Cement trucks, or concrete mixer trucks, are large trucks that road users must share the road with on a daily basis. A recent news report revealed that a driver died in Salt Lake County after a cement truck slammed into his case. The crash occurred at an intersection and occurred when the cement truck went through a red light at the intersection, plowing into a car that was turning. The driver of the car, unfortunately, died at the scene of the accident. An investigation into the crash is still being conducted.

Concrete mixer trucks on average, are said to weigh ten times the amount of a loaded pickup truck. According to Cement Truck Safety, the average empty truck weighs 27,000 pounds, but when filled with wet concrete this increases to an average of 66,000 pounds. These trucks can be especially dangerous, and because these cement trucks are commonly seen on busy, city roads, it can lead to especially risky conditions for all road users sharing the road with them. Cement trucks also are prone to rollovers due to the fact that these trucks carry a lot of their weight in the mixing drum. The Federal Motor Carrier Safety Administration defines truck rollovers as an overturn of a large commercial vehicle, and attributes over 78 percent of rollovers involving driver error. Sharp turns, for example, can lead trucks with heavy loads to rollover.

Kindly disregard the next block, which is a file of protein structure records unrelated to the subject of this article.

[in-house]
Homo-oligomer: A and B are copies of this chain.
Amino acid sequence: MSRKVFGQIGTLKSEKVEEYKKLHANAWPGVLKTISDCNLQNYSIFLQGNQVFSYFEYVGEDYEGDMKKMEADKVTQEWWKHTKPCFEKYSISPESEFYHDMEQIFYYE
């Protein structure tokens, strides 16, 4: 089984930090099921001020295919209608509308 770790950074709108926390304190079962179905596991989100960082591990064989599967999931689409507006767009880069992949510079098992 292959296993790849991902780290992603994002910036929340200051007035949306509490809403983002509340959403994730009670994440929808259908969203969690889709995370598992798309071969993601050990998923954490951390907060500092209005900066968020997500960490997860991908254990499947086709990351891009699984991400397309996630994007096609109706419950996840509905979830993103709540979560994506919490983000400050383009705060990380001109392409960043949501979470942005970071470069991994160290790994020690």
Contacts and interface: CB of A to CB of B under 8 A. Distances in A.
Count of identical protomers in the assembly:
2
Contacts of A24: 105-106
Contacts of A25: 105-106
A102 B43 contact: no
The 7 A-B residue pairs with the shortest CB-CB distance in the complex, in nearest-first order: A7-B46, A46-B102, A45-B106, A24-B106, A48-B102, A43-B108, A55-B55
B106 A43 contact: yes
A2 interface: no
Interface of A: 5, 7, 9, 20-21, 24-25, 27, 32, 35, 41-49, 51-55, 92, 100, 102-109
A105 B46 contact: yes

Drivers of cement trucks should be especially sure to avoid distracted driving, to be mindful of maintaining a safe and slow speed when making turns and give themselves ample time to get to a delivery point in order to avoid feeling the need to speed.

A woman died earlier this month after her vehicle was struck by a semi-truck while she was traveling along a Georgia highway. According to a local news report discussing the accident, the 43-year-old woman was killed when her Hyundai Sonata was hit by a semi-truck as she attempted to make a left-hand turn at an intersection. The article notes that the intersection was controlled by a traffic signal device and that the semi-truck appeared to have the right of way when the accident occurred.